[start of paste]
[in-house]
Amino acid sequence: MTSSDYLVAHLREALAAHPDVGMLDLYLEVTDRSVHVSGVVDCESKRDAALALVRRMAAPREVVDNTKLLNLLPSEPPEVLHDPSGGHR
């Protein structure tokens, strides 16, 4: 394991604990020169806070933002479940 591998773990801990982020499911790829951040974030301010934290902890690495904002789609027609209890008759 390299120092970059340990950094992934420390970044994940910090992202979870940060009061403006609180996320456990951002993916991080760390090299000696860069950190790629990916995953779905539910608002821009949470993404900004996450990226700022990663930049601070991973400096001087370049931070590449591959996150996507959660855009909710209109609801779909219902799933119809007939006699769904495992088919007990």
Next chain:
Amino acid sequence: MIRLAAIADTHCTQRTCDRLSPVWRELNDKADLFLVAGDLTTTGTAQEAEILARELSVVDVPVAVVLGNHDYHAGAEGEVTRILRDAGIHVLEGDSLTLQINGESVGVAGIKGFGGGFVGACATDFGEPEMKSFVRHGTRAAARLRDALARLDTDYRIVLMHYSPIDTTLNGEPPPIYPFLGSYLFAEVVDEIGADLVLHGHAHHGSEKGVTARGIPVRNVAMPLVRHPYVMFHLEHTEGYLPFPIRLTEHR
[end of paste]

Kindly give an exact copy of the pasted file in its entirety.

[in-house]
Amino acid sequence: MTSSDYLVAHLREALAAHPDVGMLDLYLEVTDRSVHVSGVVDCESKRDAALALVRRMAAPREVVDNTKLLNLLPSEPPEVLHDPSGGHR
């Protein structure tokens, strides 16, 4: 394991604990020169806070933002479940 591998773990801990982020499911790829951040974030301010934290902890690495904002789609027609209890008759 390299120092970059340990950094992934420390970044994940910090992202979870940060009061403006609180996320456990951002993916991080760390090299000696860069950190790629990916995953779905539910608002821009949470993404900004996450990226700022990663930049601070991973400096001087370049931070590449591959996150996507959660855009909710209109609801779909219902799933119809007939006699769904495992088919007990």
Next chain:
Amino acid sequence: MIRLAAIADTHCTQRTCDRLSPVWRELNDKADLFLVAGDLTTTGTAQEAEILARELSVVDVPVAVVLGNHDYHAGAEGEVTRILRDAGIHVLEGDSLTLQINGESVGVAGIKGFGGGFVGACATDFGEPEMKSFVRHGTRAAARLRDALARLDTDYRIVLMHYSPIDTTLNGEPPPIYPFLGSYLFAEVVDEIGADLVLHGHAHHGSEKGVTARGIPVRNVAMPLVRHPYVMFHLEHTEGYLPFPIRLTEHR